We know that women do not always enter polygamous marriages as adults who exercise free, informed, and mentally competent consent. But my growing objection to polygamy goes deeper than this. It is that the inherent dynamics of polygamous unions make them tend toward tyranny against women and the abuse of children, even when this is not intended. We can count on such things happening whenever the power of people cannot be challenged and checked. Even the most admirable polygamous unions allow men too much uncontrolled power. This is the big danger.
In view of considerations such as these, I have come to disagree with positions like Gary S. Benson’s. Laws and other public policies that discourage the practice of polygamy without causing more harm than good are necessary. By laws I mean ones like those in Texas that do not legally recognize polygamous unions and deny marriage licenses to women who are less than eighteen years old, or sixteen with formal parental consent. Men and women who are convicted of violating these should receive the maximum penalties.
By other public policies I mean things such as zoning decisions, building permits, property tax codes, required school attendance, health and safety laws, welfare rules, and the omnipresence of state and federal officers of the law. It probably should not be the goal of such measures swiftly to eradicate polygamy but over time to make it too expensive in every way to practice.
For more than one hundred years, those of us who live in the United States have swung between marshalling excessive coercive power against those who form polygamous unions and a malign neglect that allows this chronic problem to worsen until it explodes in an acute crisis. We need stronger, steadier, and subtler approaches, ones that maintain constant and uncomfortable pressure on polygamists without requiring the women and children to suffer more than they already do.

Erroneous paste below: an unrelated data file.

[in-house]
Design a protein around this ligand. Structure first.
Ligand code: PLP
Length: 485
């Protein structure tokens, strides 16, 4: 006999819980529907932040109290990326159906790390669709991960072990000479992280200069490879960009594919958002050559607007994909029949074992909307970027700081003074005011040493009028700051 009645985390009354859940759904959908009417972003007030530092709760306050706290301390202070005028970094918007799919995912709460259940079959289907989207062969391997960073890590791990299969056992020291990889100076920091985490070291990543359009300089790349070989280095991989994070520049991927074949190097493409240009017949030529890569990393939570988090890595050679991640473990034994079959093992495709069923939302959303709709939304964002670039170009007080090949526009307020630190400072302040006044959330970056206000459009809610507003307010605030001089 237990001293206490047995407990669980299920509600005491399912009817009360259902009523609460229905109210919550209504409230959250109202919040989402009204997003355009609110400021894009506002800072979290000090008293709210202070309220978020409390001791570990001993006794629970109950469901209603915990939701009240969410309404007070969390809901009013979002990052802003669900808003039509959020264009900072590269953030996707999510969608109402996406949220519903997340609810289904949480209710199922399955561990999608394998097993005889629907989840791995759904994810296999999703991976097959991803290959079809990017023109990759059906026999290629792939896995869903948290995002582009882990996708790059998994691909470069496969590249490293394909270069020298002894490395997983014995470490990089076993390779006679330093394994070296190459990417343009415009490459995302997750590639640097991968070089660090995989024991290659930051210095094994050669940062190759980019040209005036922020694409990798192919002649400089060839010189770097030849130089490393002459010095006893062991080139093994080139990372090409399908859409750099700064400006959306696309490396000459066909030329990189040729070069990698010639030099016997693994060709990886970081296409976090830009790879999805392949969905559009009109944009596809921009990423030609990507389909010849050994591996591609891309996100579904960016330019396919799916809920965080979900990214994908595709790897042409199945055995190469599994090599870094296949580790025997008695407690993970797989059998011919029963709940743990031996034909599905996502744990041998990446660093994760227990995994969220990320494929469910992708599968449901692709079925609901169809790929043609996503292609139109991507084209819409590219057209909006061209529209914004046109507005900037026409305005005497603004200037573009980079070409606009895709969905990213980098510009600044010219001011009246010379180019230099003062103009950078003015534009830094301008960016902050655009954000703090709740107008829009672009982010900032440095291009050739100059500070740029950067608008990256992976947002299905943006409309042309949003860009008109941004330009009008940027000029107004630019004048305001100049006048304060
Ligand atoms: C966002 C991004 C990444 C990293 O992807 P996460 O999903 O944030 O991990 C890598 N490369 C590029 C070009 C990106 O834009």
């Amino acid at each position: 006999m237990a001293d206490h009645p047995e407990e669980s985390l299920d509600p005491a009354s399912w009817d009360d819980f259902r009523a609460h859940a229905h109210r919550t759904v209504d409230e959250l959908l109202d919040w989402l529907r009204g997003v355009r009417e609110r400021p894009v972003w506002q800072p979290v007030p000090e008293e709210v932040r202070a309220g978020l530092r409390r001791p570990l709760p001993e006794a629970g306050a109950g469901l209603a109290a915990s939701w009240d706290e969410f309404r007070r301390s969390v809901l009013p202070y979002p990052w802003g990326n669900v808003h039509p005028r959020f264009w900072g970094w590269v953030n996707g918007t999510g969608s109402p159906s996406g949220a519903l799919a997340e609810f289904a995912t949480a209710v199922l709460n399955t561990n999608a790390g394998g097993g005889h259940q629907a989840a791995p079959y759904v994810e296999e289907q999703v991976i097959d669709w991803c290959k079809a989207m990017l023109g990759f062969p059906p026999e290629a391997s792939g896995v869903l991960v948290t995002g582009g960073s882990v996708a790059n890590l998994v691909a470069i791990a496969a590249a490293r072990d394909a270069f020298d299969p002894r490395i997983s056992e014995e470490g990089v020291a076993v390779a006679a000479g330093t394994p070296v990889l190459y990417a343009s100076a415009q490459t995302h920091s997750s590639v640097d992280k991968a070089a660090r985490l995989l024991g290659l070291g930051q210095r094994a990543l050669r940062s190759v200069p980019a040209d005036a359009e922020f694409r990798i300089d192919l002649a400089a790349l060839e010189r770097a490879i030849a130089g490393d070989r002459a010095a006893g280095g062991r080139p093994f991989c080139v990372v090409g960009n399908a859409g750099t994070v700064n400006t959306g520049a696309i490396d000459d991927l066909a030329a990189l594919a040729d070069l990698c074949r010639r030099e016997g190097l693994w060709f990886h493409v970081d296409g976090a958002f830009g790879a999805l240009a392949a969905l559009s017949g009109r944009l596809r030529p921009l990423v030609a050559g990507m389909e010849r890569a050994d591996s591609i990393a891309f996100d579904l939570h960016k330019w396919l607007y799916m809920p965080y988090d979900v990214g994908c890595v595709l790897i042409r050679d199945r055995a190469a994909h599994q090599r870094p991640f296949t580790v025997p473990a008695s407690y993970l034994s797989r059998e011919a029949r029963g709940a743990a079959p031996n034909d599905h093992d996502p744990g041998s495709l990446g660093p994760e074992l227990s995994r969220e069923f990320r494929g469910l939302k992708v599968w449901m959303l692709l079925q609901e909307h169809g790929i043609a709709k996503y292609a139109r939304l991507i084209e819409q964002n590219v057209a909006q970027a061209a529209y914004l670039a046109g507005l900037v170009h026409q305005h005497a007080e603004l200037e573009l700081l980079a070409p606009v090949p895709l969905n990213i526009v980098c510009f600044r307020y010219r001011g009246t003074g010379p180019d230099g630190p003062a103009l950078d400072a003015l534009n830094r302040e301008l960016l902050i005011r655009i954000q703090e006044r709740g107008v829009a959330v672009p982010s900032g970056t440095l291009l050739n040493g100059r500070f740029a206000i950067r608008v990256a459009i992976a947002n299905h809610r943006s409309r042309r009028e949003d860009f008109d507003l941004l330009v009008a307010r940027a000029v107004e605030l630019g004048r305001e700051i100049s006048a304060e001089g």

It is difficult to imagine that the authorities in Texas had no idea that those at Yearning for Zion had long been breaking the law by practicing polygamy and allowing statutory rape, partly because there are only a few thousand people in the entire county. We also know that the construction projects at Yearning for Zion did not always conform to the pertinent requirements, especially sanitation and environmental protection mandates. But the authorities did very little to enforce the relevant laws and public policies. Instead, at long last, they allowed an unidentified “reporter” of physical and sexual abuse to trigger an acute crisis. The result is that we now observe hundreds of women and children tearfully moving back and forth between protective custody and the ranch. But we rarely see the men. Why should we be surprised?
David Larson teaches in the School of Theology at Loma Linda University.
This is a companion discussion topic for the original entry at http://spectrummagazine.org/node/521